Retail powerhouses The Gap and Kmart racked up earnings gains Thursday morning.
San Francisco-based The Gap (GPS) posted a third-quarter profit of $238 million, or 60 cents per share, compared with $165 million, or 40 cents a year ago. Analysts surveyed by First Call expected the company to earn 54 cents a share.Troy, Mich.-based Kmart Corp. (KM) said its third-quarter earnings were $38 million , or 8 cents per share, vs. $18 million , or 4 cents, in the year-ago period. The results were in line with expectations.
Shares of The Gap rose 13/16 to 69 1/2. Kmart rose 9/16 to 16 1/4. The S&P Retail Index slipped 0.1 percent to 729.5.
The Gap's net sales grew 36 percent to $2.4 billion vs. $1.8 billion in 1997.
Same-store sales grew 13 percent vs. 9 percent growth last year.
"All of our divisions - Gap, Banana Republic, Old Navy, and International - contributed to the strong results for the quarter," Gap CEO Millard S. Drexler said in a statement. "Even more importantly, our growth came against very difficult comparisons as we achieved our best third quarter results ever."
Kmart said total sales were $7.6 billion, an increase of 4.5 percent from $7.3 billion last year.
Same-store sales grew 4.2 percent for the quarter.
"With our tenth consecutive quarter of increased earnings per share, the turnaround at Kmart continues on track," Kmart CEO Floyd Hall said in a press release.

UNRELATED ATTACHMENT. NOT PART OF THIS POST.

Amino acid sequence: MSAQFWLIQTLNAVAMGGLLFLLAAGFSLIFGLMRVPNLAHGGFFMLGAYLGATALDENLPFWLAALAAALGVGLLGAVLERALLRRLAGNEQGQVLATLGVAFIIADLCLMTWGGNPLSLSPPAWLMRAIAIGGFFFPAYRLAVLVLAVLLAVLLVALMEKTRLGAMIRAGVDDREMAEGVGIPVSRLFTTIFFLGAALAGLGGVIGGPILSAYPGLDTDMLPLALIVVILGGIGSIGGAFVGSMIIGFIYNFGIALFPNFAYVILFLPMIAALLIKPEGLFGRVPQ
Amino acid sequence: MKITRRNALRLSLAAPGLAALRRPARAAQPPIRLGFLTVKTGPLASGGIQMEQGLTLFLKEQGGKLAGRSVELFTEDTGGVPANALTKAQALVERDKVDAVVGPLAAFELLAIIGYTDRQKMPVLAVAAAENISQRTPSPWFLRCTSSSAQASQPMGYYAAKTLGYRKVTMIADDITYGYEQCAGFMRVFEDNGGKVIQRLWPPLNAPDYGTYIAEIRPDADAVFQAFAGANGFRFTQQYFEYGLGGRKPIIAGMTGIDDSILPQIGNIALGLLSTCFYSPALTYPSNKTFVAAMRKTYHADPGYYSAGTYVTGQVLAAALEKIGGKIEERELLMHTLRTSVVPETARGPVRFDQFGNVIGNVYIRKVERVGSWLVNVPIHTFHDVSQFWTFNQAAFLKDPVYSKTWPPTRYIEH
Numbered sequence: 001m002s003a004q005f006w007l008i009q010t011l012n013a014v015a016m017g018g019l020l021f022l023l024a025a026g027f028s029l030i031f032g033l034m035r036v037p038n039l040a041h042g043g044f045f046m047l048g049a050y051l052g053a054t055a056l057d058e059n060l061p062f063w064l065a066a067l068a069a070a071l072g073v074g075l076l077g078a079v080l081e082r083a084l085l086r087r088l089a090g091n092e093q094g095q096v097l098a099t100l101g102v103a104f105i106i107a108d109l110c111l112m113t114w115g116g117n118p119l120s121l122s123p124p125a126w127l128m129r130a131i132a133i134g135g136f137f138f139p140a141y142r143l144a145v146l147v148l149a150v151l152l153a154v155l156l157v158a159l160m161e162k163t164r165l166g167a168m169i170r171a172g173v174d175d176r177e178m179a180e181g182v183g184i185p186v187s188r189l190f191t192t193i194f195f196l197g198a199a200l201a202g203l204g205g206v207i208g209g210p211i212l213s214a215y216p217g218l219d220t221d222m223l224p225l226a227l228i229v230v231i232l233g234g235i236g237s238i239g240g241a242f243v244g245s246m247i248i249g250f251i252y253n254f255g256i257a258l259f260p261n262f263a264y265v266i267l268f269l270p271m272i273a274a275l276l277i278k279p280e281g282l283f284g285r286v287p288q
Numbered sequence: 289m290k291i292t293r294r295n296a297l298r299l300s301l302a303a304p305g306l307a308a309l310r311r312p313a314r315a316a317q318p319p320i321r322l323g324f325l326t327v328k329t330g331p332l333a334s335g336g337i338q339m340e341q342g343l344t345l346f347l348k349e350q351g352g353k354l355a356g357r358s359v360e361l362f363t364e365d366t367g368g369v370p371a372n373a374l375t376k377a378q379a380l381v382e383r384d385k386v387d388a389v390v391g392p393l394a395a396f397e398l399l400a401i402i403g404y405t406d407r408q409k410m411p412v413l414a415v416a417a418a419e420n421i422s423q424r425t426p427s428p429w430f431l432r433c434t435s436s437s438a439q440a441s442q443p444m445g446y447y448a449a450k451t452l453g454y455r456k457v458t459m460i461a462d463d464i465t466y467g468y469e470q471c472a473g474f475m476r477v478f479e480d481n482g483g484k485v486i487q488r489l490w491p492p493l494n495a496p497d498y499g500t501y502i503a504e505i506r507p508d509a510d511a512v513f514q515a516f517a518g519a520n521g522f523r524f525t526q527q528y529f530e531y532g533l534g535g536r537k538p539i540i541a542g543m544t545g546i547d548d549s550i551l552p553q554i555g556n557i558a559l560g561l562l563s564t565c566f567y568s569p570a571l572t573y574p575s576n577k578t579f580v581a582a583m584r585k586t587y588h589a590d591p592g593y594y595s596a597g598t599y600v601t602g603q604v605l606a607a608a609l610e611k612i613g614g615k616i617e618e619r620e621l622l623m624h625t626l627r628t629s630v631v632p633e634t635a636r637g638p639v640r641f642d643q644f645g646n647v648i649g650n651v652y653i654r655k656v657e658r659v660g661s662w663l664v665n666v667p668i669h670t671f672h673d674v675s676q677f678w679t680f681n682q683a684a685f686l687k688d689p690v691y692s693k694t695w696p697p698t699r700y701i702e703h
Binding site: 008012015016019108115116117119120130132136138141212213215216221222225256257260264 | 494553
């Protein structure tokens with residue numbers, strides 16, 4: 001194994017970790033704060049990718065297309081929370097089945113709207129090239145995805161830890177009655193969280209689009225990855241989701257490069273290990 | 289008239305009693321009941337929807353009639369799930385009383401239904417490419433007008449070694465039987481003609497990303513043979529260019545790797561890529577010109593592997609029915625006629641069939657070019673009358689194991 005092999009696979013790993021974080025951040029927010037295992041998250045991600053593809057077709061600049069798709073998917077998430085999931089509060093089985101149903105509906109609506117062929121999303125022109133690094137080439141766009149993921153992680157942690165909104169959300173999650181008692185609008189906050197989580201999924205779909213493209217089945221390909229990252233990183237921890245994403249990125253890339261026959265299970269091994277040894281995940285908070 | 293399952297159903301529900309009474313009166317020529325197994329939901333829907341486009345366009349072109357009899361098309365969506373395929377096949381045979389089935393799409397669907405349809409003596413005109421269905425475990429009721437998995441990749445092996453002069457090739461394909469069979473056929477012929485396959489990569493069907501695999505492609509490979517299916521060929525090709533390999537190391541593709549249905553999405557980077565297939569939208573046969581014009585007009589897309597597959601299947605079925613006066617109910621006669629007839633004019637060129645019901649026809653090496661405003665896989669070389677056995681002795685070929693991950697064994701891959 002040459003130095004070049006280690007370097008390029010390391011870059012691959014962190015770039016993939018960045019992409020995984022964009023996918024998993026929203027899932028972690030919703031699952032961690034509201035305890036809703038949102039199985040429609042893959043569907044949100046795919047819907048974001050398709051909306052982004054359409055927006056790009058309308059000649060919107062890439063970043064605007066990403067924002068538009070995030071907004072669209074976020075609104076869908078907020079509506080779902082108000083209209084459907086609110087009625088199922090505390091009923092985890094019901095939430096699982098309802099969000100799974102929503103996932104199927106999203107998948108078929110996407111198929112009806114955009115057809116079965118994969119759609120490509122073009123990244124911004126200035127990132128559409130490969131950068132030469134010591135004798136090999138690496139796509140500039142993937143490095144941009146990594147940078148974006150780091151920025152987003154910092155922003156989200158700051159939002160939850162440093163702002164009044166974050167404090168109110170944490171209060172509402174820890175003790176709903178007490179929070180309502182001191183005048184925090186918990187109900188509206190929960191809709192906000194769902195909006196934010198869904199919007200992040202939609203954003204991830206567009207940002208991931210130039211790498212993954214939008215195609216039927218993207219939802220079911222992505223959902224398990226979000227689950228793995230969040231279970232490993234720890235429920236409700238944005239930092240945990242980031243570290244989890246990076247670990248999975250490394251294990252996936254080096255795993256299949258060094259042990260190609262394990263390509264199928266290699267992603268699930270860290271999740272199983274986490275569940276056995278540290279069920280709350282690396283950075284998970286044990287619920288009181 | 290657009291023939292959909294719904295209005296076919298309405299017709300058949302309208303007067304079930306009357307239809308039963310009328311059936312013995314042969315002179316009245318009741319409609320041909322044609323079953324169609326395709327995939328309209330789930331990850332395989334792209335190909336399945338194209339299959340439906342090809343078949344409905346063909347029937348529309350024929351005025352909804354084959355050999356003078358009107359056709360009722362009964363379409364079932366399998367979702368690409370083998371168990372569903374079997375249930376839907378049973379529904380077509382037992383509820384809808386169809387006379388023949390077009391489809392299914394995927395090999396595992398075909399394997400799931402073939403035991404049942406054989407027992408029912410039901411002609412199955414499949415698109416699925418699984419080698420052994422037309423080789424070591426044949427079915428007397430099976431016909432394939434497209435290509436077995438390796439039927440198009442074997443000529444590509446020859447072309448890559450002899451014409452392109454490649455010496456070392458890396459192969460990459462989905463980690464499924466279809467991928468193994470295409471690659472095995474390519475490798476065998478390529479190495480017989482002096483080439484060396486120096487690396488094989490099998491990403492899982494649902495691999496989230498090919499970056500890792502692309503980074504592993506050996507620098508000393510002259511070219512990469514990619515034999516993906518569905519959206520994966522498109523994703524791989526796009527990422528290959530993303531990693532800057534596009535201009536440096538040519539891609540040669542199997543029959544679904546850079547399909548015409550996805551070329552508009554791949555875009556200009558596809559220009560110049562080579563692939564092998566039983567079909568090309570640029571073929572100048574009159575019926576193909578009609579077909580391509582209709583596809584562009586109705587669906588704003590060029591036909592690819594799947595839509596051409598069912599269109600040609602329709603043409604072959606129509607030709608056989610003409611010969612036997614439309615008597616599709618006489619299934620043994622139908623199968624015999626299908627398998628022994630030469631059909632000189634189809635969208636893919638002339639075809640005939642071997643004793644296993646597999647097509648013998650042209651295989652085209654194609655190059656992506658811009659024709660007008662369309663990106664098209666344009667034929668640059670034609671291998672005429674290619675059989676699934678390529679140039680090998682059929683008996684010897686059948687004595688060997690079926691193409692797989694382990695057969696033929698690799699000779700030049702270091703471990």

"Sales increases in consumables and hardlines areas, such as pharmacy, health and beauty care, and home-related items, offset weakness in apparel caused by unseasonably warm weather in late September and October."
In other retailer earning reports:
Nordstrom, the specialty fashion retailer, rang in third-quarter earnings a penny above analysts' expectations.
4Nordstrom (NOBE) said third-quarter earnings rose to 27 cents per share from 23 cents a year ago. Analysts surveyed by First Call expected the company to earn 26 cents per share in the quarter.
Net income rose to $38.7 million from $36.1 million a year ago, whil net sales grew to $1.094 billion from $1.089 billion a year ago.
Despite the earnings gains, Nordstrom said its same-store sales fell 4.2 percent during the quarter.
CEO John Whitacre said despite a "difficult sales environment," the company was able to manage inventory and control expenses.
"We anticipated a challenge in the third quarter with respect to comparable-store sales, and believed that increased focus on inventory relative to sales levels would position us well as we head into the fourth quarter," said Whitacre in a press release
During the quarter, Nordstrom said it repurchased 5.6 million shares under the company's buyback plan.
Written By Steve Gelsi